Emma Lunder and Christian Gow (CAN) at the IBU World Cup Biathlon in Kontiolahti, Finland in December 2022. (Photo: NordicFocus)
Who to Watch?

International Women:

Julia Simon (FRA): currently leads the World Cup Overall and Mass Start standings. Watch for her to blaze through five targets in 19 seconds and then throw down a heroic last lap for a come-from-behind win. Not to be overlooked: her three teammates who have also landed on the podium this winter.

Elvira Oeberg (SWE): Second in the Overall and first in the U25 and Pursuit standings, it’s easy to forget she’s only 23 years old. Like France, Sweden has also put four women on the podium this winter. Watch for those two nations to battle it out in the Women’s Relay.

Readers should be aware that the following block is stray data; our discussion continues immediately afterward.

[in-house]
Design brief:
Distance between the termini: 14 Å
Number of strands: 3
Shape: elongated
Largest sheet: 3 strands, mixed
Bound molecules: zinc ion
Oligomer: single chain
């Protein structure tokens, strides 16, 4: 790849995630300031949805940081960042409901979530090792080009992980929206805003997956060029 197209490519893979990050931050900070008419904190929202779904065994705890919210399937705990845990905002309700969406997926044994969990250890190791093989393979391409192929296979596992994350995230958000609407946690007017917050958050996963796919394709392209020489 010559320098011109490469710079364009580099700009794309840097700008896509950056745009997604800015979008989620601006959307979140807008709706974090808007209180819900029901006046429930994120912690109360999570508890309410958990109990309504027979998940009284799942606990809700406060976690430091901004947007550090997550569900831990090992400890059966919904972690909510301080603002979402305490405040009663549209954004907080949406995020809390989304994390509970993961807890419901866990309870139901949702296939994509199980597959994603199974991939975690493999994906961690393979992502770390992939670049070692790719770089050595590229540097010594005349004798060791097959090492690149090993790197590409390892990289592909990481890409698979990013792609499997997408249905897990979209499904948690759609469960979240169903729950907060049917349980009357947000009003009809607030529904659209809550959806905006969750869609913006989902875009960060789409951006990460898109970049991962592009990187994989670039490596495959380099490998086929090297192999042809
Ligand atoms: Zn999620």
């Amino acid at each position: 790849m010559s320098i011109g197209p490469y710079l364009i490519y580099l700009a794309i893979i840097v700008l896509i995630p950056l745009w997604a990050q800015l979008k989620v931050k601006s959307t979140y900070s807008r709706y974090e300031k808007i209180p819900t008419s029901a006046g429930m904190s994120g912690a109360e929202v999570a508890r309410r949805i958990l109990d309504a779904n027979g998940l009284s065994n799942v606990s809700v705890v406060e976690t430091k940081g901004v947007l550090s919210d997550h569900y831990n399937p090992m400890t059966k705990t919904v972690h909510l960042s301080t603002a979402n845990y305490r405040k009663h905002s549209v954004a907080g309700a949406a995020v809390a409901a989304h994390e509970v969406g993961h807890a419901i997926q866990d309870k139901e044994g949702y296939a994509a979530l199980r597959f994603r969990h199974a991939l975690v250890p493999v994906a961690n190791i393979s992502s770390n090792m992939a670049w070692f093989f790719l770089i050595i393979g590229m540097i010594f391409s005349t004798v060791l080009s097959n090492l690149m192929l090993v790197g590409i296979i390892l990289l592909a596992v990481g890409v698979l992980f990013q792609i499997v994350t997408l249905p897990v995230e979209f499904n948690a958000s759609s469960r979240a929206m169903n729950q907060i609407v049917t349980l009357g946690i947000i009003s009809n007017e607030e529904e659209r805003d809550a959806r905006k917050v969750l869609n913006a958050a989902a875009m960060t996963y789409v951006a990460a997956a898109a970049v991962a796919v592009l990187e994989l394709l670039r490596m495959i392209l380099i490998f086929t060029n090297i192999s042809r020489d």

Lisa Vittozzi (ITA): Following a season in which she inexplicably alternated between hitting all five or missing all five in any given prone stage, Vittozzi is back to her best form on the range and on skis. She currently leads the 15km Individual standings.

Dorothea Wierer (ITA): Quietly ranked fourth in the Overall behind the above three, she took her first win of the season just a few weeks ago and is a perennial favorite at championships.

Denise Herrmann-Wick (GER): Sprint standings leader and Olympic medalist in both biathlon and cross-country skiing, the 34-year-old is currently ranked fifth in the Overall and is Germany’s best chance for an at-home win.

Marte Olsbu Roiselend (NOR): Last year’s World Cup Overall winner returned to competition in January following an autumn illness and went straight into the flower ceremony with a 4th and 5th. She won five Olympic medals in Beijing last winter and seven at World’s in 2020. Bet on her.